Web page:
Karen Garloch

Charlotte man ‘shuffles’ forward with Parkinson’s disease

Windy Woodall was diagnosed with early onset Parkinson’s disease.
Windy Woodall was diagnosed with early onset Parkinson’s disease. Windy Woodall

It all started when one of Wendall “Windy” Woodall’s college-age daughters noticed that he was shuffling his feet when he walked.

“Why are you walking like an old man?” she asked.

At first Woodall was offended. “I thought she was rude,” he said.

But later he and his wife realized their daughter noticed something they had missed. After consulting several doctors, Woodall was diagnosed with early-onset Parkinson’s disease. He was only 49.

“That was the beginning of a new reality for us,” said Woodall, now 52, an Assemblies of God minister who works at the nondenominational United Faith Christian Academy in south Charlotte.

Woodall tells the story of the first 1,000 days after his diagnosis in a memoir, “Shuffle: A Way Forward, Whatever the Challenge,” published last year.

He and other doctors had missed multiple signs, but a Charlotte movement disorders specialist “put it all together,” Woodall said. He was also experiencing sleep apnea, “when the brain forgets to tell the body to breathe,” Woodall said. His handwriting had worsened, and he had also lost his sense of smell. He also had moments of “freezing,” when his body would lock up and he couldn’t move for a brief time.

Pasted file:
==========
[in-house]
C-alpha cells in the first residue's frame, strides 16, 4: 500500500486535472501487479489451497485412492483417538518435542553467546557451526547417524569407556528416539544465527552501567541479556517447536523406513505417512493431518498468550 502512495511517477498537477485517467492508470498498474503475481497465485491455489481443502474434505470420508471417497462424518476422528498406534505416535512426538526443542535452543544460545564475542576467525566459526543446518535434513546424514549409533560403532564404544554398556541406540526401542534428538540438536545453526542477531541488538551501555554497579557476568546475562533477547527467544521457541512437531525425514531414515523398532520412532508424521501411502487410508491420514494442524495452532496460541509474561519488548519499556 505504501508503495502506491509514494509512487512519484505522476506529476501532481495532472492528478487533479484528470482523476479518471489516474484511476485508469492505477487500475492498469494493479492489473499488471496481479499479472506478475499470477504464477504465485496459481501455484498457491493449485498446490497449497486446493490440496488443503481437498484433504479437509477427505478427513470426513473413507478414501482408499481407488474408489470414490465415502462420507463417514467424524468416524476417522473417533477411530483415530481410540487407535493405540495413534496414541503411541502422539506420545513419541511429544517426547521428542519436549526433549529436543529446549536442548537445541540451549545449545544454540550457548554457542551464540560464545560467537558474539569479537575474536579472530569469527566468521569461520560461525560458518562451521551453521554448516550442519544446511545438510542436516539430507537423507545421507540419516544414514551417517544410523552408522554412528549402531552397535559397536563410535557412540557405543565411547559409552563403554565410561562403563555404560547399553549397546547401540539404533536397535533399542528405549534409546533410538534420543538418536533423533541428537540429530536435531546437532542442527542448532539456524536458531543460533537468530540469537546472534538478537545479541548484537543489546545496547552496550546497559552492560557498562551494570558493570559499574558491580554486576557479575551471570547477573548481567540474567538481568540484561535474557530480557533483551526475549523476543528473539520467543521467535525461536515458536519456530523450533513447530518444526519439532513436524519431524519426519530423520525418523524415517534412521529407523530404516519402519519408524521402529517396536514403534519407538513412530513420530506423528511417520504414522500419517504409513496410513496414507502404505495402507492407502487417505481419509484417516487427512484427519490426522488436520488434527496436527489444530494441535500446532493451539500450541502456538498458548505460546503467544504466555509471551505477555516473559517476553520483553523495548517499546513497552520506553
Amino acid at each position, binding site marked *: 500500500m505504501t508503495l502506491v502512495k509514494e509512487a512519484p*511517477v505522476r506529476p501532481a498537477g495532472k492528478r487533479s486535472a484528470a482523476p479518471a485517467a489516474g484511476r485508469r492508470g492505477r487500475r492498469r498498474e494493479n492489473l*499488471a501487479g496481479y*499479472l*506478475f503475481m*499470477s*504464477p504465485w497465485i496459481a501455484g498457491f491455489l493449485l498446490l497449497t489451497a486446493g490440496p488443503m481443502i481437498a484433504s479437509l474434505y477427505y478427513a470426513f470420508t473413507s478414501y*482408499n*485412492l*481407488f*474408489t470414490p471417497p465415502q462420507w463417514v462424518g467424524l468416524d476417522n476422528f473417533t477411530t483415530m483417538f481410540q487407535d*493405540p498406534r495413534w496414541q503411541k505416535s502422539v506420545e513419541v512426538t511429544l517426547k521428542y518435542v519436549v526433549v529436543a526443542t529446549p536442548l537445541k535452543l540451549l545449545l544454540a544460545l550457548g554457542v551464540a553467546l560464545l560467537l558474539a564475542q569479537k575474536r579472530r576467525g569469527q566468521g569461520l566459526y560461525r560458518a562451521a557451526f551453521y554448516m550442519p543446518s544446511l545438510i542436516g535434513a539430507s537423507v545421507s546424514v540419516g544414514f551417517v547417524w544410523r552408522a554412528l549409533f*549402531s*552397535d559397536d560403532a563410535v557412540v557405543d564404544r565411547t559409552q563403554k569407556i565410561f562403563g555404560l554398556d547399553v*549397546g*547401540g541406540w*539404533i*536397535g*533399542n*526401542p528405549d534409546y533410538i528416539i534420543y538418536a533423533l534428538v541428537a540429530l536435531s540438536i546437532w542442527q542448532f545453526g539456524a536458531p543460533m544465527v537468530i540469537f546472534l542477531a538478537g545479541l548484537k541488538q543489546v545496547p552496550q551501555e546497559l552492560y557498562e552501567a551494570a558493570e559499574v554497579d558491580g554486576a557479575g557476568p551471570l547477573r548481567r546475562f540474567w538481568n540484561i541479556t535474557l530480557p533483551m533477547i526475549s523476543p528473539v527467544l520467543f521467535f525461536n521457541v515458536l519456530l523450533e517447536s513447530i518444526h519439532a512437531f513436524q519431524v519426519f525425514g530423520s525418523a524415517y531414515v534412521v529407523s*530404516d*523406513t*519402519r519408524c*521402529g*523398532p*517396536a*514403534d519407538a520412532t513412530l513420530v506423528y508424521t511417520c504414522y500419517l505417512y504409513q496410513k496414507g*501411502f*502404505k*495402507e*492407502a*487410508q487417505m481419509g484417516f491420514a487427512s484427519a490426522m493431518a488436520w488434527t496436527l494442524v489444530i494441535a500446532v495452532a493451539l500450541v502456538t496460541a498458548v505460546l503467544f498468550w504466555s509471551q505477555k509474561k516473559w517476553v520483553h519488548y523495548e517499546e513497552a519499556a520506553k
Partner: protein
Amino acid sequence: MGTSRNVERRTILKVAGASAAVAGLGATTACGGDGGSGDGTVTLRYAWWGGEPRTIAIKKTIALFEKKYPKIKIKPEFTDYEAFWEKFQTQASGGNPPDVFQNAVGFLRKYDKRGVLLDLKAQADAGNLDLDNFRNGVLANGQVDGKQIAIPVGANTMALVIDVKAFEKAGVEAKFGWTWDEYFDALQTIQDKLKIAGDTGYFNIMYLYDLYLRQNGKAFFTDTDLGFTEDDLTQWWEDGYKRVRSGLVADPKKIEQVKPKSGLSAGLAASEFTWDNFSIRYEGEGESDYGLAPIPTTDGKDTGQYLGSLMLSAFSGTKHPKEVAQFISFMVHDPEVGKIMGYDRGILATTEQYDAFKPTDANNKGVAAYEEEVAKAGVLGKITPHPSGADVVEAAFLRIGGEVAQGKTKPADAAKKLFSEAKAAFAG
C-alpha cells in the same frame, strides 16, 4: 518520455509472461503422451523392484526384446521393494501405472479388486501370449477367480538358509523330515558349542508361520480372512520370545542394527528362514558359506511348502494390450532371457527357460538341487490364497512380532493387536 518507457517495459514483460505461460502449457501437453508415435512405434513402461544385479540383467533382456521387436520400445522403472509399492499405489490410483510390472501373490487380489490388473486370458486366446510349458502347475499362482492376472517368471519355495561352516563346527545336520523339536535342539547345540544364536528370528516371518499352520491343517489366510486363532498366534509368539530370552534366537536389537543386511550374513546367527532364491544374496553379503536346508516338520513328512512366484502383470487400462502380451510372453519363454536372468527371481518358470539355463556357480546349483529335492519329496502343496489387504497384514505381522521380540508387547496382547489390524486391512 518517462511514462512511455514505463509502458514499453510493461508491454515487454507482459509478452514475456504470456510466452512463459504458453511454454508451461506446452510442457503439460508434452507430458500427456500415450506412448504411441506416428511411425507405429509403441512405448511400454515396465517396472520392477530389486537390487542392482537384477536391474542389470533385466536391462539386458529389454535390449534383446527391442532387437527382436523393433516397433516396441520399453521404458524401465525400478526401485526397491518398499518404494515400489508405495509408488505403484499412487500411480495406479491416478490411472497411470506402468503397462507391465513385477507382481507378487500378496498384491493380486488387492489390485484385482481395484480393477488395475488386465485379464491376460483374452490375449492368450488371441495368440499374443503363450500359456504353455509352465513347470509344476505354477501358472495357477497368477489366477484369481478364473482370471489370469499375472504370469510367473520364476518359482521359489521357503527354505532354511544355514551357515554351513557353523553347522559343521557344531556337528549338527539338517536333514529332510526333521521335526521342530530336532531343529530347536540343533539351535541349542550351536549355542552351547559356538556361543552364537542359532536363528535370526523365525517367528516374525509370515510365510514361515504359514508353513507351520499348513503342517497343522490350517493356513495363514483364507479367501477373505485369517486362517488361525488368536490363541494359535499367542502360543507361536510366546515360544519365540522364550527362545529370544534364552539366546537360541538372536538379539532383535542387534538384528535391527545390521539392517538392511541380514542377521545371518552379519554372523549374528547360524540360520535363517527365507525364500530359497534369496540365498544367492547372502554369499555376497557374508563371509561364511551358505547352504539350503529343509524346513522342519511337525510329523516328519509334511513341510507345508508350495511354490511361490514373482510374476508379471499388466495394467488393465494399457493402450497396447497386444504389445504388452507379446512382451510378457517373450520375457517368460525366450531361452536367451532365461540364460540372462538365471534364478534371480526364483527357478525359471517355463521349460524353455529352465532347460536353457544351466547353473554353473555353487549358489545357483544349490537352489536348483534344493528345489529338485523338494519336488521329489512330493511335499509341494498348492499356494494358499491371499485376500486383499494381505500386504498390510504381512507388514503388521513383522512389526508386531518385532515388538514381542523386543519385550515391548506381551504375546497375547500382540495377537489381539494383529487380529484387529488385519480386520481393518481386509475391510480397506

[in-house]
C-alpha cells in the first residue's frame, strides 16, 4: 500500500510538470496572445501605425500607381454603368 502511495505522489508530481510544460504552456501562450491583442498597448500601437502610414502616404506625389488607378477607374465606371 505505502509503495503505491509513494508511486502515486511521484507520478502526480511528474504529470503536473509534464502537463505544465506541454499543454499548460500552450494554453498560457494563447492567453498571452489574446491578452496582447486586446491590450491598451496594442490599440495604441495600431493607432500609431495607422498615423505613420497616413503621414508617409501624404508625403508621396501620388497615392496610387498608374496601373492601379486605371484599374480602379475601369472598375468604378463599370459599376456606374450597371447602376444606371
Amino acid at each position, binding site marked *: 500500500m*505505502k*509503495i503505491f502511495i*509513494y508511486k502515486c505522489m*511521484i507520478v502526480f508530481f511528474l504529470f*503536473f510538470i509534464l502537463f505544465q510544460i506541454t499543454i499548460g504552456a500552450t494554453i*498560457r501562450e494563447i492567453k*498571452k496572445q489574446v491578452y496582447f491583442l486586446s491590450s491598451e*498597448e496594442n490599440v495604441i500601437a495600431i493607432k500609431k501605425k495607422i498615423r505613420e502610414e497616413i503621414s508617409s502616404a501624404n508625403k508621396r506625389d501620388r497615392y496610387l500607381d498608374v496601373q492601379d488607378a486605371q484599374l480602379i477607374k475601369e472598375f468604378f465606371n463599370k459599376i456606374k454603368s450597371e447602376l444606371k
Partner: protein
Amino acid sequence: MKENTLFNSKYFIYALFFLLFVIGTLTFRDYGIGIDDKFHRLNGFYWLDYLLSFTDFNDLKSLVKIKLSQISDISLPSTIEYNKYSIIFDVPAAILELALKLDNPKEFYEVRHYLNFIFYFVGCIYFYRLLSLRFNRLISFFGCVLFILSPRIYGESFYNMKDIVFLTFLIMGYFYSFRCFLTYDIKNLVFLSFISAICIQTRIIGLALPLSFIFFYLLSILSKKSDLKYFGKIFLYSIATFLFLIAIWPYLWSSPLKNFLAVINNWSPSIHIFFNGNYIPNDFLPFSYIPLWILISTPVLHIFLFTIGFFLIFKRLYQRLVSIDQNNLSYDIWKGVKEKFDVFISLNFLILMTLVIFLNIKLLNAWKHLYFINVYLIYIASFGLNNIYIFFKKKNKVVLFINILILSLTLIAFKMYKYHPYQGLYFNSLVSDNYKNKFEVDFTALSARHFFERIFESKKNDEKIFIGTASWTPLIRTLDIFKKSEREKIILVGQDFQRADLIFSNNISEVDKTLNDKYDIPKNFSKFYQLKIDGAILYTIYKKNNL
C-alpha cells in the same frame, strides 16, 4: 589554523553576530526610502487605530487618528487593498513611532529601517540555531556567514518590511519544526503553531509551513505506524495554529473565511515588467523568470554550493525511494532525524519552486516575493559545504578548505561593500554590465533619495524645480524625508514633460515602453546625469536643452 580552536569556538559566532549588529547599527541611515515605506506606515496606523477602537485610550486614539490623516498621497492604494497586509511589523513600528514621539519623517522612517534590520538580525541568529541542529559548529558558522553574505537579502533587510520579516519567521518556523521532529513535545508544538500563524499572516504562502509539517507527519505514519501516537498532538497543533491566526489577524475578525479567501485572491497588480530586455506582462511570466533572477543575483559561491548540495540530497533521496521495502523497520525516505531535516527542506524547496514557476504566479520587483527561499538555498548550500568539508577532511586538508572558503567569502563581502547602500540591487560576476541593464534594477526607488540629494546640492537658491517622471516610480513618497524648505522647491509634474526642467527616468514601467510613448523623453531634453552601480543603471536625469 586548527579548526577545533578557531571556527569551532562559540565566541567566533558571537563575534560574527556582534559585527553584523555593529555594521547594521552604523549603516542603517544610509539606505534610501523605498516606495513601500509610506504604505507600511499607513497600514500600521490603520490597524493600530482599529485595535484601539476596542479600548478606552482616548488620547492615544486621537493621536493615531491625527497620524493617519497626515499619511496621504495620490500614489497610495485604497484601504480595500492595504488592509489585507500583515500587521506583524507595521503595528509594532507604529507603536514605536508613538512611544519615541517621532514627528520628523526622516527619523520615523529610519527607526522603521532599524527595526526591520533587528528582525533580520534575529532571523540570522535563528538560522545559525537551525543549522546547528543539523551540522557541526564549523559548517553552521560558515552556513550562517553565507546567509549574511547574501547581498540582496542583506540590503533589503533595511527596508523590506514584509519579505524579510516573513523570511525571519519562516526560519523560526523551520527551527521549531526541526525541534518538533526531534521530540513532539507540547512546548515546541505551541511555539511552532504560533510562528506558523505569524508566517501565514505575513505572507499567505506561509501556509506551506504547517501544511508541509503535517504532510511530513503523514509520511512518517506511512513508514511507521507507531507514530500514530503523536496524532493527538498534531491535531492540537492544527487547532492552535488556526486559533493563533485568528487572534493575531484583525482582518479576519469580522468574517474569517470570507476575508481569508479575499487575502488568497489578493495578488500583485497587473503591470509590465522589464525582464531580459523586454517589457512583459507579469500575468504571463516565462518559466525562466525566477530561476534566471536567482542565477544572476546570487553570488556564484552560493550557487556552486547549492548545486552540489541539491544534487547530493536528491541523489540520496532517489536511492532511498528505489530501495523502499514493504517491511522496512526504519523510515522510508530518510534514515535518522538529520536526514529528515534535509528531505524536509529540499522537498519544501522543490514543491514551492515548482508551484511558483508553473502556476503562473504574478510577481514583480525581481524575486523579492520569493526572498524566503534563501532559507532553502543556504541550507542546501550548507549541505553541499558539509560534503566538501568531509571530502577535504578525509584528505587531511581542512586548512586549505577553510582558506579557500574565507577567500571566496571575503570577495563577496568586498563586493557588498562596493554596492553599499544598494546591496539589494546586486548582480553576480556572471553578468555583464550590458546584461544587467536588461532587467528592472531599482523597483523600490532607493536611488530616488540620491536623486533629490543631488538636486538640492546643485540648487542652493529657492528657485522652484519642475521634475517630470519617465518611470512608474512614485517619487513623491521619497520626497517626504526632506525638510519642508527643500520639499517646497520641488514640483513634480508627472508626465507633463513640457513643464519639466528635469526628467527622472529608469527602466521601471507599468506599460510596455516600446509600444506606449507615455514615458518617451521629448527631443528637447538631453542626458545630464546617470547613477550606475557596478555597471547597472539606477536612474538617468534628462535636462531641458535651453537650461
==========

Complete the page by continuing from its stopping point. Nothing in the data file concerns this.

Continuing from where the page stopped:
Today, those symptoms continue, and Woodall takes several pills a day to slow their progression. He also stays active, continuing to work and exercise.

At the end of April, he’s planning to have brain surgery – called deep brain stimulation – which has been shown to improve some of the most common, debilitating motor symptoms of Parkinson’s disease, such as tremor, rigidity and stiffness. The surgeon will implant a battery-operated pulse generator, similar to a heart pacemaker, to deliver electrical stimulation to areas in the brain that control movement.

Woodall started a support group of Parkinson’s patients and caregivers at the Siskey YMCA and continues to speak to many others. His message: “Stay active and get busy and focus on helping others so you’re not in the pity party of self.”

Garloch: 704-358-5078

Want to go?

▪ April 18, Move-It! Awareness Walk, www.parkinsonassociation.org/celebrate-it-living-well-with-parkinsons-disease

▪ May 9, Partners in Parkinson’s daylong symposium, hosted by Parkinson Association of the Carolinas and Michael J. Fox Foundation, www.partnersinparkinsons.org/attend-an-event

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